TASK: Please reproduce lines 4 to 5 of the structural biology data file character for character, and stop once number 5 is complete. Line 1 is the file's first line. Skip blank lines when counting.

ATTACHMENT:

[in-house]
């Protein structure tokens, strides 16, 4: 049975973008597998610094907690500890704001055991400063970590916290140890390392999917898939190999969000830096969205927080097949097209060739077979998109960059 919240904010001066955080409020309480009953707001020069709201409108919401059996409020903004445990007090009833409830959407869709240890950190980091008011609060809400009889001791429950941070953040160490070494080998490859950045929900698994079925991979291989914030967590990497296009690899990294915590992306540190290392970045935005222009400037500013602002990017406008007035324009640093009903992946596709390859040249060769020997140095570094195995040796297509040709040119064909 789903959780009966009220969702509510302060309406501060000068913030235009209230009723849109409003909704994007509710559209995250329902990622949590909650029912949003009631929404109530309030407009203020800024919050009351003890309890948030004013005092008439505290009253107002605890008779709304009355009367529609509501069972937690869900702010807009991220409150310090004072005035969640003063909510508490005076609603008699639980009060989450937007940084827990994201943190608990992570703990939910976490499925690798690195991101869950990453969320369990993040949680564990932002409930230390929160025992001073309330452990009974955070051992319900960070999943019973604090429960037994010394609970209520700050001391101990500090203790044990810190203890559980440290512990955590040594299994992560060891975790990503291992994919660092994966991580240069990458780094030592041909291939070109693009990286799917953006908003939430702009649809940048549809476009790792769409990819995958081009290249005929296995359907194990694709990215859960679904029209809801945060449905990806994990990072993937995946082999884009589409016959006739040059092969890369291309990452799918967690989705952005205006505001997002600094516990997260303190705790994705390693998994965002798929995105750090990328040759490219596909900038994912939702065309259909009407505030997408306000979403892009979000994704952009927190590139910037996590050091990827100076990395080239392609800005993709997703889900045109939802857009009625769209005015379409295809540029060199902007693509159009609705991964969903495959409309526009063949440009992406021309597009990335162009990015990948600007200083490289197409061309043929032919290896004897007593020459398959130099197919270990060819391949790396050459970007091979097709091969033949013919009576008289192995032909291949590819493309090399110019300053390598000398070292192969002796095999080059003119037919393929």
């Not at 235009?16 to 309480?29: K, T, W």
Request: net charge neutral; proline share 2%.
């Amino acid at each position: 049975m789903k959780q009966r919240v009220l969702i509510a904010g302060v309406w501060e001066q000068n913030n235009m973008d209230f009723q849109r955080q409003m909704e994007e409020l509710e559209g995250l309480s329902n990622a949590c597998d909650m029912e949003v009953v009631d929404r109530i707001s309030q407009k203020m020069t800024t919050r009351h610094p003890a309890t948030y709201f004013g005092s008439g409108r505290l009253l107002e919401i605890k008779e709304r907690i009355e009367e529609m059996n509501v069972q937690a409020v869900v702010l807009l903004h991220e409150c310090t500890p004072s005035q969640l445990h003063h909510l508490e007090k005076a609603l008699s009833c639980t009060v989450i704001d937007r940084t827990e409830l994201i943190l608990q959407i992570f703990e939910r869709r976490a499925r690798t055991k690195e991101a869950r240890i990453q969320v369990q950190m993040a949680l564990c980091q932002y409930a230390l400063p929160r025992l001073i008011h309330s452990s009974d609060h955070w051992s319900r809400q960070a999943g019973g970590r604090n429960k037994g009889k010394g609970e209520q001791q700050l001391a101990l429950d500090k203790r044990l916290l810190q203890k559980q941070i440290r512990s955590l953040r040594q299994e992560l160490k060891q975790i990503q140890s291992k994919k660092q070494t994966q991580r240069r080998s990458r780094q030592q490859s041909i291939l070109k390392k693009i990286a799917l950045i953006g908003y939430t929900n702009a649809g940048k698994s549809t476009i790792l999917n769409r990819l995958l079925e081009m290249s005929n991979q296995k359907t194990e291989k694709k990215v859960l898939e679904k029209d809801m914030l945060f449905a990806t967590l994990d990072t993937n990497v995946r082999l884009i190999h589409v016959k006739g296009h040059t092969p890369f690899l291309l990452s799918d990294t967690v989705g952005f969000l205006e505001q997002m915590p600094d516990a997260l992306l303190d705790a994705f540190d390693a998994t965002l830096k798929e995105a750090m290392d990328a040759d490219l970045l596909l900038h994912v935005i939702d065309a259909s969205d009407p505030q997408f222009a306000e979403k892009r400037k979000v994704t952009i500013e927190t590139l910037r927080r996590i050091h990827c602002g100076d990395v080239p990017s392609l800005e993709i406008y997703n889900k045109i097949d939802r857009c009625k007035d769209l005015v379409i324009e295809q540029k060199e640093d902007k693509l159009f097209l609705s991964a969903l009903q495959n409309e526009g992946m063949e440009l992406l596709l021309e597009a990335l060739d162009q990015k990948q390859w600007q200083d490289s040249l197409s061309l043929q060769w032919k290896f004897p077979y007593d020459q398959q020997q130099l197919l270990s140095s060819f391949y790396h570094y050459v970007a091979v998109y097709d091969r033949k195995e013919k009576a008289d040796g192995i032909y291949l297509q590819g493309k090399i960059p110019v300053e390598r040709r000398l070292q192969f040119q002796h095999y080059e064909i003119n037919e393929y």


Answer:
Request: net charge neutral; proline share 2%.
């Amino acid at each position: 049975m789903k959780q009966r919240v009220l969702i509510a904010g302060v309406w501060e001066q000068n913030n235009m973008d209230f009723q849109r955080q409003m909704e994007e409020l509710e559209g995250l309480s329902n990622a949590c597998d909650m029912e949003v009953v009631d929404r109530i707001s309030q407009k203020m020069t800024t919050r009351h610094p003890a309890t948030y709201f004013g005092s008439g409108r505290l009253l107002e919401i605890k008779e709304r907690i009355e009367e529609m059996n509501v069972q937690a409020v869900v702010l807009l903004h991220e409150c310090t500890p004072s005035q969640l445990h003063h909510l508490e007090k005076a609603l008699s009833c639980t009060v989450i704001d937007r940084t827990e409830l994201i943190l608990q959407i992570f703990e939910r869709r976490a499925r690798t055991k690195e991101a869950r240890i990453q969320v369990q950190m993040a949680l564990c980091q932002y409930a230390l400063p929160r025992l001073i008011h309330s452990s009974d609060h955070w051992s319900r809400q960070a999943g019973g970590r604090n429960k037994g009889k010394g609970e209520q001791q700050l001391a101990l429950d500090k203790r044990l916290l810190q203890k559980q941070i440290r512990s955590l953040r040594q299994e992560l160490k060891q975790i990503q140890s291992k994919k660092q070494t994966q991580r240069r080998s990458r780094q030592q490859s041909i291939l070109k390392k693009i990286a799917l950045i953006g908003y939430t929900n702009a649809g940048k698994s549809t476009i790792l999917n769409r990819l995958l079925e081009m290249s005929n991979q296995k359907t194990e291989k694709k990215v859960l898939e679904k029209d809801m914030l945060f449905a990806t967590l994990d990072t993937n990497v995946r082999l884009i190999h589409v016959k006739g296009h040059t092969p890369f690899l291309l990452s799918d990294t967690v989705g952005f969000l205006e505001q997002m915590p600094d516990a997260l992306l303190d705790a994705f540190d390693a998994t965002l830096k798929e995105a750090m290392d990328a040759d490219l970045l596909l900038h994912v935005i939702d065309a259909s969205d009407p505030q997408f222009a306000e979403k892009r400037k979000v994704t952009i500013e927190t590139l910037r927080r996590i050091h990827c602002g100076d990395v080239p990017s392609l800005e993709i406008y997703n889900k045109i097949d939802r857009c009625k007035d769209l005015v379409i324009e295809q540029k060199e640093d902007k693509l159009f097209l609705s991964a969903l009903q495959n409309e526009g992946m063949e440009l992406l596709l021309e597009a990335l060739d162009q990015k990948q390859w600007q200083d490289s040249l197409s061309l043929q060769w032919k290896f004897p077979y007593d020459q398959q020997q130099l197919l270990s140095s060819f391949y790396h570094y050459v970007a091979v998109y097709d091969r033949k195995e013919k009576a008289d040796g192995i032909y291949l297509q590819g493309k090399i960059p110019v300053e390598r040709r000398l070292q192969f040119q002796h095999y080059e064909i003119n037919e393929y």